The Android Auto Update Google Forgot It Promised

Nearly three years ago, Google said on an Android Auto support page that its app would be provided with full support for touchpad input.

At that time, the company acknowledged that not all apps supported car touchpads, promising to improve Android Auto in this regard.

Touchpads aren’t necessarily very common in the automotive industry. They are used by only a handful of carmakers, such as Acura and Mercedes. Despite the low adoption, Google wanted to refine this input method.

Users who want to interact with Android Auto can do it either with voice commands or directly via touch input. The most common method is touch, especially as the majority of Android Auto head units support it.

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The recommended option, on the other hand, is voice command integration. This way, drivers wouldn’t have to look at the screen, and the hands-free experience would generate less distraction behind the wheel.

The touchpad input can be used particularly in cars where touch support isn’t available. It makes sense mostly when the vehicle is parked, especially as drivers need to keep an eye on the screen to browse Android Auto.

Nearly three years after Google confirmed the touchpad support coming to all apps, the feature is still nowhere to be seen. The announcement is still there on the Android Auto support page, and Google hasn’t shared any other information on the progress it might have made on this update.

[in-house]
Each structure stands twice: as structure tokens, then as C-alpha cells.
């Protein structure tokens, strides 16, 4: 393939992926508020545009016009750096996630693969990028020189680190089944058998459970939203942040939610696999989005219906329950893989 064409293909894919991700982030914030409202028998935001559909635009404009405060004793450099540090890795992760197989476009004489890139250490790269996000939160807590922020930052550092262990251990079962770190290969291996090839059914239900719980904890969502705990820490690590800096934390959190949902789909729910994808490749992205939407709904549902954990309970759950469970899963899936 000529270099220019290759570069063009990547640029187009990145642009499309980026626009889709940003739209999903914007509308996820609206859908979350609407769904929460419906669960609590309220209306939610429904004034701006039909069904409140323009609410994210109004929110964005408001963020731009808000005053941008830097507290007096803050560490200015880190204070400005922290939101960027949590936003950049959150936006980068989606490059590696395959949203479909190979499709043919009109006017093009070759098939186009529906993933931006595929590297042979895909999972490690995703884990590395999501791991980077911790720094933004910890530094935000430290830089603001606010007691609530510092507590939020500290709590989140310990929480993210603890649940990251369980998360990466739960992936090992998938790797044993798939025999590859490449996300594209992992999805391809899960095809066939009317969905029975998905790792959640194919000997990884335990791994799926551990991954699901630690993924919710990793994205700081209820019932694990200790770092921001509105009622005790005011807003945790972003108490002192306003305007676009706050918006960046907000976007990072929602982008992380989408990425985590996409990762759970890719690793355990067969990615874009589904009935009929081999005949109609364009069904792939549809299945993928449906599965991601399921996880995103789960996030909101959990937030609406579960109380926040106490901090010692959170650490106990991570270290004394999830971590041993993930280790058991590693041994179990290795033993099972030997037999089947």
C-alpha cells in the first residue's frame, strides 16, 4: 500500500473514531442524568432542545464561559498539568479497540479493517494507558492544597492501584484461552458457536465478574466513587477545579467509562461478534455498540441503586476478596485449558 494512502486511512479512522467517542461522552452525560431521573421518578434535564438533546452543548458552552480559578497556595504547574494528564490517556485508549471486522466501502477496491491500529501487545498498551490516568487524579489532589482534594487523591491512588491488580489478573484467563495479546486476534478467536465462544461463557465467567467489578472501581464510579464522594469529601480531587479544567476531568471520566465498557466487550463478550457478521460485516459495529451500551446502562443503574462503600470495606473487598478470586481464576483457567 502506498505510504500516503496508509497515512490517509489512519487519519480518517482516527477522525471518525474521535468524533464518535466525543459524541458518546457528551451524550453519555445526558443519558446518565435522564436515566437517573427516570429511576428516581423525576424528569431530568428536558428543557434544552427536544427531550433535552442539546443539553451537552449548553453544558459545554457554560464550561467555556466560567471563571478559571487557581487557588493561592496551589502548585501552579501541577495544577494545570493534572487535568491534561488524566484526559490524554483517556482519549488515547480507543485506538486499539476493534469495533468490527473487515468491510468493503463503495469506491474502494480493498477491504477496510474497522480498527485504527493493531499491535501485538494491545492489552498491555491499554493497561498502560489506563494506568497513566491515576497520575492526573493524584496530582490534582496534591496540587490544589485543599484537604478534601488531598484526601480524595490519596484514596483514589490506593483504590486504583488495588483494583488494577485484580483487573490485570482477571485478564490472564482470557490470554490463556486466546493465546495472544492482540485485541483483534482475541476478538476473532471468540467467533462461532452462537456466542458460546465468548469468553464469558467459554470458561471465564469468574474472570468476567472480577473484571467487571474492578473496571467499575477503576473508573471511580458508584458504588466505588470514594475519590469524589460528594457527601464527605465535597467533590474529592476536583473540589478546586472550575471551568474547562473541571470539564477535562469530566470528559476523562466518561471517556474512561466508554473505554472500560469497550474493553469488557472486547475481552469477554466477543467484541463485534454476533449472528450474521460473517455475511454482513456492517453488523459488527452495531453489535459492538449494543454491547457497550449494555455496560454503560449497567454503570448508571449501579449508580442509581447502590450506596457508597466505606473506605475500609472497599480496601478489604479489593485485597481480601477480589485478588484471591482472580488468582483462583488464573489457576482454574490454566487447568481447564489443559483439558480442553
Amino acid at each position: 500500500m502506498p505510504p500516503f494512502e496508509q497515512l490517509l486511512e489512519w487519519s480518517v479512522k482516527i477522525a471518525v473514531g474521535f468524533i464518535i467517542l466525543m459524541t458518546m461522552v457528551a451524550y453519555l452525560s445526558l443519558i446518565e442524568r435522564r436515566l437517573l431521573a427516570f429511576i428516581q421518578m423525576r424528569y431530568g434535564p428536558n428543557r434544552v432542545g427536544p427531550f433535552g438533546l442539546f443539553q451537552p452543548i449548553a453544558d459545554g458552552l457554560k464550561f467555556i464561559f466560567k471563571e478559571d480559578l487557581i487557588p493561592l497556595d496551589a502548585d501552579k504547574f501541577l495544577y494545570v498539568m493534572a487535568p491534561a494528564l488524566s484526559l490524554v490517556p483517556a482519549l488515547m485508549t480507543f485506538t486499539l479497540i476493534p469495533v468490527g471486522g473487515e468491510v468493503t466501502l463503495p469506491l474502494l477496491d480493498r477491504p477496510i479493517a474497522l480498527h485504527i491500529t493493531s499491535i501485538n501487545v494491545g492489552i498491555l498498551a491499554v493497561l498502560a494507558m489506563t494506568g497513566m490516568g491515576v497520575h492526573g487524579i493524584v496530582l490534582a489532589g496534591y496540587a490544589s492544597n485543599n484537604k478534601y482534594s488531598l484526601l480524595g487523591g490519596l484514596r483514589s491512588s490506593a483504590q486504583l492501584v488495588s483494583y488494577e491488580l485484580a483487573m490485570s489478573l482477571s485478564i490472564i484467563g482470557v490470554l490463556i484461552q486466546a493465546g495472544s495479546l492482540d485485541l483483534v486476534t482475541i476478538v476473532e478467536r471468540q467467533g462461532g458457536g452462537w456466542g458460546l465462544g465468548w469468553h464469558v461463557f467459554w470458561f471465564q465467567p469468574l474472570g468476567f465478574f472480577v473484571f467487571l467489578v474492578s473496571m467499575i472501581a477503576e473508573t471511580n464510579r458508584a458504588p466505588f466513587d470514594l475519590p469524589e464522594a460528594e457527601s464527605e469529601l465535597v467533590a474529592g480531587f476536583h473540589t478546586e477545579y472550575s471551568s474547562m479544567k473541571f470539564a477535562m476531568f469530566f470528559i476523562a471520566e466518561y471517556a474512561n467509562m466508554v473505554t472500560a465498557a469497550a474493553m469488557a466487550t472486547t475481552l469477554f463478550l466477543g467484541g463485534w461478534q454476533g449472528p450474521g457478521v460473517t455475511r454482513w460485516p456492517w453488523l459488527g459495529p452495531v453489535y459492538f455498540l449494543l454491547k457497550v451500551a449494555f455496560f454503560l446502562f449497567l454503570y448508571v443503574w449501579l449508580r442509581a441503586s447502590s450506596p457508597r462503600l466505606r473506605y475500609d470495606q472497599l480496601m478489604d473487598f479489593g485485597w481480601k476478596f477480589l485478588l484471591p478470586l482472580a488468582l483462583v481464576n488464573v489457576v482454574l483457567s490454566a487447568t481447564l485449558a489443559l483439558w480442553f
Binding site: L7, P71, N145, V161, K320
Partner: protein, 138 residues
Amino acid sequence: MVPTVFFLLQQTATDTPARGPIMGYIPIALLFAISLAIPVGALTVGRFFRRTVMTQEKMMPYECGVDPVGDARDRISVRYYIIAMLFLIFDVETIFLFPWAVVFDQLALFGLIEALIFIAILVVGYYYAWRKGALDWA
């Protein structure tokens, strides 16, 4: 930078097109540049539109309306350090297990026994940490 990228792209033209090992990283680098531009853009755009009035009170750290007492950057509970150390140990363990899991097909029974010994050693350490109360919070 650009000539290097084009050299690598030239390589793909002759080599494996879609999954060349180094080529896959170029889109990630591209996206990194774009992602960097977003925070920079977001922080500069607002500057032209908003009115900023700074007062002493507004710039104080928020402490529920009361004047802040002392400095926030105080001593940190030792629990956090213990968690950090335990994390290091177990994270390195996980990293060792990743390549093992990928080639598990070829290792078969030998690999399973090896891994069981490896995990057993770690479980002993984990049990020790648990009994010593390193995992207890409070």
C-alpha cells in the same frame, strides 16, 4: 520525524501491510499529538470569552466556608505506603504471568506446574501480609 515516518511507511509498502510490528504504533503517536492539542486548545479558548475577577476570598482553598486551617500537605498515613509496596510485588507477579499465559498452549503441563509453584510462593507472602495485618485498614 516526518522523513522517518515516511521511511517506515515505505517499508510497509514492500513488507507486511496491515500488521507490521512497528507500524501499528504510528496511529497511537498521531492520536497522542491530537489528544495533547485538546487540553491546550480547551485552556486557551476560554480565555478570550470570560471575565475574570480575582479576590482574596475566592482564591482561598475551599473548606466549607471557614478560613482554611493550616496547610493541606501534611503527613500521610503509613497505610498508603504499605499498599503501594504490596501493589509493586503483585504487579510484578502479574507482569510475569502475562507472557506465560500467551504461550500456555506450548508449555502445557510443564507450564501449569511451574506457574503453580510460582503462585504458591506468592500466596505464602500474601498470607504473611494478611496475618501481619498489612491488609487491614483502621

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In the meantime, all of Google’s efforts are directed at Coolwalk. Announced in January, Coolwalk allows users to run more than one app on the screen at the same time. Previously, this functionality was exclusive to wide displays.

Coolwalk uses a layout similar to the CarPlay Dashboard, and apps are running in dedicated cards. Google is presumably focused on ensuring proper app support in Coolwalk right now, so other improvements might not be a priority in the short term.

The rollout of Coolwalk is happening in stages. The redesign isn’t part of a specific app update because Google wants to make sure everything is running as expected. The server-controlled release gives the company more time to analyze the reliability data collected from devices. If any major bug is discovered, it can suspend the rollout for specific hardware until a fix is developed.

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The search giant did not share an ETA as to when it wants to bring Coolwalk to all users, but this is expected to happen over the course of this year. Right now, the fastest way to get Coolwalk seems to be enrolling in the Android Auto beta program where testers already got access to the new UI.

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